From tech and Internet surveillance to sensors to social networking, privacy rules are being rewritten.
Articles about Privacy
Although there is no legislation set up to allow widespread data retention, the Australian Federal Police is setting up systems that will allow it to analyse traffic, and capture and retain metadata.
ZDNetGovWeek: Amazon may save USPS, Healthcare.gov can't catch a break, and what if weapons inspectors came to your company?
It's been an interesting week. Amazon may well save America's flagging postal service, and a wacky, long-shot cyberweapons defense proposal could have weapons inspectors knocking on everyone's door. Plus a little NSA and news from govs around the world.
A report commissioned by the ACMA has found that almost half of all Australians lack the confidence to provide accurate information online.
A man reportedly linked to Anonymous and a string of recent cyberattacks has been charged. 5 other suspects are in custody over the hacking of the official sites of Singapore's prime minister and president.
We laughed at the tin foil nutters, called them crazy, but now that it's been found that the US is spying on everyone, of course they're nowhere in sight now that we need them.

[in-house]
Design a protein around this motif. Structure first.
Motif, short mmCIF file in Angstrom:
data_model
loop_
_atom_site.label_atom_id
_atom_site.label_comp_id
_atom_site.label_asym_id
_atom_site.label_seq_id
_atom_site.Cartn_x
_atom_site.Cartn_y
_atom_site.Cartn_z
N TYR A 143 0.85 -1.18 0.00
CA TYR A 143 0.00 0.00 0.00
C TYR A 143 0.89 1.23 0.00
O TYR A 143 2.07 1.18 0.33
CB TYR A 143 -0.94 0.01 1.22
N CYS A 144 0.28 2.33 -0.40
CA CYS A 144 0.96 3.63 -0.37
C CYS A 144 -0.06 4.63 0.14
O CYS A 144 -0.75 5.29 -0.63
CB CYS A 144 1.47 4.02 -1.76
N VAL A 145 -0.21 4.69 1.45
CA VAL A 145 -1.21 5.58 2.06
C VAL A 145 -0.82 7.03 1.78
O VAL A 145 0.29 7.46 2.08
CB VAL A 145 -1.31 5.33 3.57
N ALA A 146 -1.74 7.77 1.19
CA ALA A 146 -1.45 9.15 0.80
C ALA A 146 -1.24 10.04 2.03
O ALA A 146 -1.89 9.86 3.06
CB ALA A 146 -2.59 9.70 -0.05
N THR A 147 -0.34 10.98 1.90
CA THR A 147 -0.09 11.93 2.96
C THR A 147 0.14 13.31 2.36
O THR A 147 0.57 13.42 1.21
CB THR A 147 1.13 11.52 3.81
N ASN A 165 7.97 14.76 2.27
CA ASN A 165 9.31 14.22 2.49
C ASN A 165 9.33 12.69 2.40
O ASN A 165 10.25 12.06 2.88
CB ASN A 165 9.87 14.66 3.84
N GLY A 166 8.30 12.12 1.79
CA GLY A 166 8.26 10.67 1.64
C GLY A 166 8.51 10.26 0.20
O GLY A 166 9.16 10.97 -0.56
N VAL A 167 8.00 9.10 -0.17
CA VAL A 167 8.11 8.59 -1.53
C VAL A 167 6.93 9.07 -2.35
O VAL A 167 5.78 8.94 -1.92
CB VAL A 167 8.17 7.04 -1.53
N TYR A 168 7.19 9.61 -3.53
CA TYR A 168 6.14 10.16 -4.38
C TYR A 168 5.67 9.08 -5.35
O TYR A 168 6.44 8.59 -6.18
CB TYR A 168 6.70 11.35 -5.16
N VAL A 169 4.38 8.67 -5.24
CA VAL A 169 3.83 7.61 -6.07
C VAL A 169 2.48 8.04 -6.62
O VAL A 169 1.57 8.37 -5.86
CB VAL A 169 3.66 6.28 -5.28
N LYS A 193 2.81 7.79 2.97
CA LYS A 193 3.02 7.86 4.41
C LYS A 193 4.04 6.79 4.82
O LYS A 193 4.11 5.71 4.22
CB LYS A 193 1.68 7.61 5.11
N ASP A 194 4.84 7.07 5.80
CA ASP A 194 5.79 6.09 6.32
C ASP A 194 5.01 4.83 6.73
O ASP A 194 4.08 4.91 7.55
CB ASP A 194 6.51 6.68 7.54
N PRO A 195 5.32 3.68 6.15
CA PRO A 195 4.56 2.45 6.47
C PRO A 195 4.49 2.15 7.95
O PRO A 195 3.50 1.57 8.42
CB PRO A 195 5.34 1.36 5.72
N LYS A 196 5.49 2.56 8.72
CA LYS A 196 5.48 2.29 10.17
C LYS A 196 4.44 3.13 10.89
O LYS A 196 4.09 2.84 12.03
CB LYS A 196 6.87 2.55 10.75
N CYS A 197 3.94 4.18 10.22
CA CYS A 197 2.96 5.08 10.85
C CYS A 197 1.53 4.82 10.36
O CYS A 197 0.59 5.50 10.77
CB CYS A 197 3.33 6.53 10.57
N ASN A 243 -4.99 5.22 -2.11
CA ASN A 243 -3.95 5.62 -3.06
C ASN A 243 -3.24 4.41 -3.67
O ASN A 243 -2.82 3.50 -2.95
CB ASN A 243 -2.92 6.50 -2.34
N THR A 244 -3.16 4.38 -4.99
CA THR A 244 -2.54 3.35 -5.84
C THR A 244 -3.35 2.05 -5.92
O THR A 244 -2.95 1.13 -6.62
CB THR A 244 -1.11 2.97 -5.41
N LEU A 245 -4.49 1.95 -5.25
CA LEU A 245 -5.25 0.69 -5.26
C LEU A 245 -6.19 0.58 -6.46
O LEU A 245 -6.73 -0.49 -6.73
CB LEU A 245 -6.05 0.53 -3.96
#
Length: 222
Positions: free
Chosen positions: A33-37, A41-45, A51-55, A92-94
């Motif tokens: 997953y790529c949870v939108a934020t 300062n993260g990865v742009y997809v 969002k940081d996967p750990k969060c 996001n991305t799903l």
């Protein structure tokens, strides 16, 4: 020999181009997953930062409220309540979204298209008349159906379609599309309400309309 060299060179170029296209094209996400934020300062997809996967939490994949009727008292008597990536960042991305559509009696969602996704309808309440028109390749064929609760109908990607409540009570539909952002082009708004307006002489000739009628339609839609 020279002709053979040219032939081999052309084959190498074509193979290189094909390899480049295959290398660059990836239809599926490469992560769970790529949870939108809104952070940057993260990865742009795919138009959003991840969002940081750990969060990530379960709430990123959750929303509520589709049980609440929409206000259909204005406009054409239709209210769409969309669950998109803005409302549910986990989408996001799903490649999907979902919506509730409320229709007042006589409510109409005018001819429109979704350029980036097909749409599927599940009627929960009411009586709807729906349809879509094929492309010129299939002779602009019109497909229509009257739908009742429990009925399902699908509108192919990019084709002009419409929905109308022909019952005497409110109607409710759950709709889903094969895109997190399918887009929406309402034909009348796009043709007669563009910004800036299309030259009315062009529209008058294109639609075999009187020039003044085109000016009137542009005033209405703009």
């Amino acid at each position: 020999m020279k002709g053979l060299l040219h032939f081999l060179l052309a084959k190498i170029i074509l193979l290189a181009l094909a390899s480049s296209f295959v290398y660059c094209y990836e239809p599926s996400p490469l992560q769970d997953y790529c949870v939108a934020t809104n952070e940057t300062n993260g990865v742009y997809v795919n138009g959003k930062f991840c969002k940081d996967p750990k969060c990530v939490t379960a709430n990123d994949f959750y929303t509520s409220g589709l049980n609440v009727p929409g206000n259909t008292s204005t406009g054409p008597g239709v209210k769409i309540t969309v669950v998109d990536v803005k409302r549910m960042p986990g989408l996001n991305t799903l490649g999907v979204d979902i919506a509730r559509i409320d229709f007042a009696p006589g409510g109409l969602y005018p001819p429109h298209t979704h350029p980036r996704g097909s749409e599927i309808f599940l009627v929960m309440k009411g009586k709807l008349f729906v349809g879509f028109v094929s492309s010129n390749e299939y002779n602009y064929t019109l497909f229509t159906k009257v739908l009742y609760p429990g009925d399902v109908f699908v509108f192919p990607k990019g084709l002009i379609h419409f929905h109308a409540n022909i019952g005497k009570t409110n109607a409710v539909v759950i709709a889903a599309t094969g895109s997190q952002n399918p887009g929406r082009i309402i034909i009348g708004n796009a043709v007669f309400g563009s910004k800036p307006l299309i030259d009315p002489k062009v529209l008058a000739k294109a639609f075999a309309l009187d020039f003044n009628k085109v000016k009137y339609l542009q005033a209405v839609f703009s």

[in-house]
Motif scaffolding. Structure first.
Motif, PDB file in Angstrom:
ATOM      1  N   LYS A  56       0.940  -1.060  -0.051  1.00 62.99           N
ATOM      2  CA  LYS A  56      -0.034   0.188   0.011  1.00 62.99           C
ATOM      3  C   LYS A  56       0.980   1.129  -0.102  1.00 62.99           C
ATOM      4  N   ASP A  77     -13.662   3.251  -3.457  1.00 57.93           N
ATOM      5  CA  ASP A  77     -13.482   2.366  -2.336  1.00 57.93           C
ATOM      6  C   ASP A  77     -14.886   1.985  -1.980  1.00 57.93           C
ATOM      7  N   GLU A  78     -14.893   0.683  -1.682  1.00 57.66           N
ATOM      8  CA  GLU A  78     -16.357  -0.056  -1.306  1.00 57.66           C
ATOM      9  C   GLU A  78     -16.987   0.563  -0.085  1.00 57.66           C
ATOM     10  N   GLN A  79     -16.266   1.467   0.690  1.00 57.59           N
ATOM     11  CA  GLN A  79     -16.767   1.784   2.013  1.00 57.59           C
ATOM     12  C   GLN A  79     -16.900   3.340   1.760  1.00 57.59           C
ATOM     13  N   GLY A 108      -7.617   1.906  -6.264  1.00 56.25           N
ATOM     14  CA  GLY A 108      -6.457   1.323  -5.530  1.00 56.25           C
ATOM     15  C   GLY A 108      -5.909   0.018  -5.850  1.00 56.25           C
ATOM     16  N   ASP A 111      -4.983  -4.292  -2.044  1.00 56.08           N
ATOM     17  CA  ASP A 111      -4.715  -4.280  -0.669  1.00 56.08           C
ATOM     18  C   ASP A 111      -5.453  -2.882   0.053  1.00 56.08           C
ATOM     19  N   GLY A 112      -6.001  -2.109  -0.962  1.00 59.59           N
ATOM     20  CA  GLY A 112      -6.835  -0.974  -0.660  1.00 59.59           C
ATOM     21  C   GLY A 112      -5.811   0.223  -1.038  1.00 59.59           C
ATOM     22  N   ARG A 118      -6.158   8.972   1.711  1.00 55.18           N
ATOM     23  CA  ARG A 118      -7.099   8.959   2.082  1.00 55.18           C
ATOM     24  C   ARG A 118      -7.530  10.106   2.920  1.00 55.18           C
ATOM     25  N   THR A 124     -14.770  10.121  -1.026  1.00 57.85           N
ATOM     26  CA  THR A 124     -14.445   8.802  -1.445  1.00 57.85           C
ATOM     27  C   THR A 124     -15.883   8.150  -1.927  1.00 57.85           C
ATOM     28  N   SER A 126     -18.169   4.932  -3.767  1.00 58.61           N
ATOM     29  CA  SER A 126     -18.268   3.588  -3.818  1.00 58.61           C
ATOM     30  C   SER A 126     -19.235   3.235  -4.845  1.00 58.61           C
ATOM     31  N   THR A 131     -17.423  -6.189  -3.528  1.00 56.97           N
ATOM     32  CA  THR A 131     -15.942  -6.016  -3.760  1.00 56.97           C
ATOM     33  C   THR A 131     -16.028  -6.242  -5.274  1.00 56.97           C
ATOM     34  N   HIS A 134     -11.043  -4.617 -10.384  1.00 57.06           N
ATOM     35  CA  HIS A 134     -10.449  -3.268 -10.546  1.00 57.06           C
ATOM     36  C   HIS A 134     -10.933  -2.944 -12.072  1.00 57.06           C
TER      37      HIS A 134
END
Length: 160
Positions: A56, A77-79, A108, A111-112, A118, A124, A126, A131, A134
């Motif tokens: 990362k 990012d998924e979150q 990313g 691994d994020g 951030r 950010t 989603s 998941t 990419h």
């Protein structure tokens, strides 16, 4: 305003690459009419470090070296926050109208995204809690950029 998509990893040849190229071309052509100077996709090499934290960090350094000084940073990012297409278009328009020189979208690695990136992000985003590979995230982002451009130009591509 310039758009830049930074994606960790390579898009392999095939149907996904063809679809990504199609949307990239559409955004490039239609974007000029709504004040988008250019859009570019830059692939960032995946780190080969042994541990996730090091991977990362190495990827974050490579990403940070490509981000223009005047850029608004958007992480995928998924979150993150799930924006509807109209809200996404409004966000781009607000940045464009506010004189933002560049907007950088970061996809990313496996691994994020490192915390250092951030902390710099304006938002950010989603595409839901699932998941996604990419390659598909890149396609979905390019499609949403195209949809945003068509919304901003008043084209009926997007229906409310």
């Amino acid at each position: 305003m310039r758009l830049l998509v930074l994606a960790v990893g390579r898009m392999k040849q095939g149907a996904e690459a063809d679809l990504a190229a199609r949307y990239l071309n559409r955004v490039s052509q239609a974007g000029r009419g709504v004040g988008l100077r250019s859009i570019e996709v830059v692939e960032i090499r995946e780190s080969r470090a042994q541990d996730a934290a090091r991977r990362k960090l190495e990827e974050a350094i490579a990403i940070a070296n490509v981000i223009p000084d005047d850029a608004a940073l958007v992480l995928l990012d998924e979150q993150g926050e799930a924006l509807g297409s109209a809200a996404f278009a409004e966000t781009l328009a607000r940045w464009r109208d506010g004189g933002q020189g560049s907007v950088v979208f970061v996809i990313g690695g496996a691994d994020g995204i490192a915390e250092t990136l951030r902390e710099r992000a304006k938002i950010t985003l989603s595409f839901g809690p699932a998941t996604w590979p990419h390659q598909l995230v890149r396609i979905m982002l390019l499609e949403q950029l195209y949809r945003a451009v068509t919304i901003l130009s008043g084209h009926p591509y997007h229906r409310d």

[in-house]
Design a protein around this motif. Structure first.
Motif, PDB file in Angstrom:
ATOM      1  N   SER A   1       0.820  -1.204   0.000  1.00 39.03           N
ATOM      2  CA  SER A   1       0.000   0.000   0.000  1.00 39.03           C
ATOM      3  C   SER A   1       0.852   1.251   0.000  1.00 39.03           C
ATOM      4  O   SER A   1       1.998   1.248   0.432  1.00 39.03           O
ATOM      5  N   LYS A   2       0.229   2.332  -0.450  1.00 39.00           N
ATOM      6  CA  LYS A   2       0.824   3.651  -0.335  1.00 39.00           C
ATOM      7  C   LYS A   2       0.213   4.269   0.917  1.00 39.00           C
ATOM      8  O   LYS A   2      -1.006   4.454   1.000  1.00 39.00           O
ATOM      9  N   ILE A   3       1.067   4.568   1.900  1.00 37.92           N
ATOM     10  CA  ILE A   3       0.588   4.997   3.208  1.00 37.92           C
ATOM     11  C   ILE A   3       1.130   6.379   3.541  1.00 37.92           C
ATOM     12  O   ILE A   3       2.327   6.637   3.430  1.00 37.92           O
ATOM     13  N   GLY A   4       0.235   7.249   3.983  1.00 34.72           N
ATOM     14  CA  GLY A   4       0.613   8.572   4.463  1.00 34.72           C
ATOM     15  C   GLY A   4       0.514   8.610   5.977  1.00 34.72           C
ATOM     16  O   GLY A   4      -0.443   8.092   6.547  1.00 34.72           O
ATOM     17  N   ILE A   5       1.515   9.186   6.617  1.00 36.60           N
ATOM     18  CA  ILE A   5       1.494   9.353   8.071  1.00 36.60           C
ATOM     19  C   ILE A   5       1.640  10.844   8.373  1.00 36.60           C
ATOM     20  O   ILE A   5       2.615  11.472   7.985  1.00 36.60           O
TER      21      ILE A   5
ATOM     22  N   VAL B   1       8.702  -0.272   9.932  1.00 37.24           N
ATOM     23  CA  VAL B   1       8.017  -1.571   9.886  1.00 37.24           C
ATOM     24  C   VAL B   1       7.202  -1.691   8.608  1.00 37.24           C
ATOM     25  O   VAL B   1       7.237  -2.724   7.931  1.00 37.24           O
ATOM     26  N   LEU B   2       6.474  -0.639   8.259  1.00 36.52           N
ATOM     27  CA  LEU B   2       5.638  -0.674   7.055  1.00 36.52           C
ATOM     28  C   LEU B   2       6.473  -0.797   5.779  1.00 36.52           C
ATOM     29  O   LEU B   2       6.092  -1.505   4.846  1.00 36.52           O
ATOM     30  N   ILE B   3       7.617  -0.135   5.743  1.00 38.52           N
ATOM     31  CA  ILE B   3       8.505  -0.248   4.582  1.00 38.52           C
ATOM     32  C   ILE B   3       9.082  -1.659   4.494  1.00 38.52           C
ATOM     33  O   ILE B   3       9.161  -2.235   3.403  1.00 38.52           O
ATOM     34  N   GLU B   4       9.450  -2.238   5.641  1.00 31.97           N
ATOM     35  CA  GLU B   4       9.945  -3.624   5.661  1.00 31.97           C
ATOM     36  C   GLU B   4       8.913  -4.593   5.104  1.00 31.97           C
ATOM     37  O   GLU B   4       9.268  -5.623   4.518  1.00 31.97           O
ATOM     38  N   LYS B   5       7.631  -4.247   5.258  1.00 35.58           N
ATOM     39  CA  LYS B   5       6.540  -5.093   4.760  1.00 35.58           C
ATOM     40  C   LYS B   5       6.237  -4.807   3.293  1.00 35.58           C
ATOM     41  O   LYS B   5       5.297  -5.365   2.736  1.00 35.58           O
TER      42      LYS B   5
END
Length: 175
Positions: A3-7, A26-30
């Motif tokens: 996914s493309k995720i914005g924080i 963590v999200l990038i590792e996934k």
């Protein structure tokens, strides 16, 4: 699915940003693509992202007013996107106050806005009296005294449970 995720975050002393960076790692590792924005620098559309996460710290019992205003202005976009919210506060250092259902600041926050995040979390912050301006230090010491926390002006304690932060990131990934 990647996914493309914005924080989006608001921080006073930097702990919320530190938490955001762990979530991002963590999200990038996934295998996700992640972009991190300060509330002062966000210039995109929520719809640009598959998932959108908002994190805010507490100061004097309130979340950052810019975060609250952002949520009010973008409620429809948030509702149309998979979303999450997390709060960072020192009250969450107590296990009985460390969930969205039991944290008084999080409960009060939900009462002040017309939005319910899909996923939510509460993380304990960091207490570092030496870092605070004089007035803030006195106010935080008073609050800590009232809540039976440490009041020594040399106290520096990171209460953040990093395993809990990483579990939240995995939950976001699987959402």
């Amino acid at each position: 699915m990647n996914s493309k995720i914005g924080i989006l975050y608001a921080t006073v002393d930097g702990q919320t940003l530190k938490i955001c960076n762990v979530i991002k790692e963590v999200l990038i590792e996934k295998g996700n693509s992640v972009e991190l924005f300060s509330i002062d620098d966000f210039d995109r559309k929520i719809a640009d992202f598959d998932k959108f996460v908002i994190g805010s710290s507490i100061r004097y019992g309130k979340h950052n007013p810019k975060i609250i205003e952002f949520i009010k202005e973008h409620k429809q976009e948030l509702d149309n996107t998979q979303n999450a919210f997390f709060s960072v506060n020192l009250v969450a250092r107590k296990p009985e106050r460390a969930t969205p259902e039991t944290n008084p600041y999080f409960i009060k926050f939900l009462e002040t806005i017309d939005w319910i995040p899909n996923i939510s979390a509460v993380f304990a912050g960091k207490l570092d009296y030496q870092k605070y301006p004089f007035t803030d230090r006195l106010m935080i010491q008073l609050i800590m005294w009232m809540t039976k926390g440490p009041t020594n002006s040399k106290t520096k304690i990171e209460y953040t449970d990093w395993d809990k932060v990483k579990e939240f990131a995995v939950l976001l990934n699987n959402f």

Surveillance practices should be reviewed with an eye towards human rights, UN draft resolution says.
Healthcare.gov can't catch a break.
Moxie Marlinspike, a respected cryptographic software expert, argues that Lavabit, Edward Snowden’s favorite "secure" email service whose owner shut it down rather than give the NSA the keys to his store, wasn't really secure anyway.
Individual national strategies for 'cyber resilience' have no place on the borderless internet.
Cupertino wants to make it clear that it opposes Washington's "gag order" about certain national security orders.
Okta is tapping into a growing trend among enterprise software providers to basically offer customers with as many choices as they want.
Well, would you look at this: a government embarrassment that's neither NSA nor healthcare.gov related. Sure, we'd love to write about positive government events, but the news cycle is the news cycle. For the latest dose of how your tax dollars are not working all that well, read this week's ZDNetGovWeek.
Annoying commercial cookies might be on their way out, but it's all because Facebook, Google and Microsoft have better ways to track you.
Kim Dotcom's Mega service has been accused of facilitating the piracy of Man Booker award winning novel The Luminaries, by Eleanore Catton, but Mega's accuser is now facing probing questions himself.
CircleCI has had to take action similar to Buffer after also being affected by the compromise at MongoHQ.